I just made $2,200 profit selling two concert tickets.
A couple months ago I bid on the chance to purchase premium seats to see Madonna. I bid in multiple cities - I knew there would be a lot of demand - and I won the chance to buy tickets for a show in Chicago. These were primo seats - front row, center. The package I bought included the seats as well as some additional bonuses like a pre-show party and photo on stage (sadly, no meet and greet).
As a kid, I was the biggest Madonna fan. I've never seen her in concert, so I was willing to spend a lot for this special opportunity. Alas, once I purchased the tickets, there was a little bit of buyer's remorse. I started to think about what I could have done with the money. For example, last week we went to see Live/Bush/Our Lady Peace and had fourth row seats that only cost $99 each. I could see 16 concerts like that for what I paid for the Madonna tickets. I could go on a really nice Mediterranean cruise and pay all my travel - flights, hotel and cruise - for what I paid for these tickets.
Happily, Ticketmaster has a Verified Resale program. I discovered it a couple years ago when we had to sell our Bruno Mars tickets because of a work conflict. I made a decent profit on my Bruno Mars tickets, and they weren't anywhere near the stage. Not all artists or venues allow resale. In fact, I don't know how to determine this before actually purchasing the tickets. Fortunately, this concert allowed for it. Since I still was okay with keeping the tickets if they didn't sell, I offered them at what I thought was a ridiculous figure: over $3,000 each. A few weeks went by and nothing. Then, I get an email last week telling me they sold.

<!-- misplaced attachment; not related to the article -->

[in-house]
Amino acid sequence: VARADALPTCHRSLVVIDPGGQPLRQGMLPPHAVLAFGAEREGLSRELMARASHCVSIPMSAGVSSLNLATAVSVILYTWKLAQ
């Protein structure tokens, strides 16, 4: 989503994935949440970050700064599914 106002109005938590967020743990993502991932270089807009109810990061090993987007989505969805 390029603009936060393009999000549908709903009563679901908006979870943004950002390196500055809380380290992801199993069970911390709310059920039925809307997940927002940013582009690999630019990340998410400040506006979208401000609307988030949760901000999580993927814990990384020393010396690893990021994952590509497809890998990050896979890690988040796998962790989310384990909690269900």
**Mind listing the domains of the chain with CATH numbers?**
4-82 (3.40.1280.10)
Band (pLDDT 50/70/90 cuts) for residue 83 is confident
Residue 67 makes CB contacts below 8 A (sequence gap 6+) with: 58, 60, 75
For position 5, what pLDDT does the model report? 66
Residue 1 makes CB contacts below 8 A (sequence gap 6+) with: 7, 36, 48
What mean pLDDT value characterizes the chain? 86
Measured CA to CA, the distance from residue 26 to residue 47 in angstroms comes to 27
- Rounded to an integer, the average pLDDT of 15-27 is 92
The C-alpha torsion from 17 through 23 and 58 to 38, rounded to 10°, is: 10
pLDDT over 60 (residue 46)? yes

Total profit: $2,233.38
My jaw dropped. So, I have learned a new way to make a little money on the side. Since I can't identify before I buy the tickets whether they are allowed to be resold, I would only do this for an artist I would enjoy seeing anyway. In this case, I'm going to see Madonna still, just not from the front row. After she announced the initial dates, Madonna added a mini-residency in Miami, which wouldn't require air travel. So technically, since I also canceled our flight to Chicago (so glad I booked on Southwest!), I did even better than the $2,200 profit. Now, I can see her for free, using the profits I made selling the other seats.
One key to making the most profit is to buy the best possible seats. People are obviously willing to pay to experience front row center. Recently I was reading an article about this very idea: I think it was Steve Wynn (yes, an older article) who discussed the idea that people will pay big bucks to feel like they are getting a one-of-a-kind experience.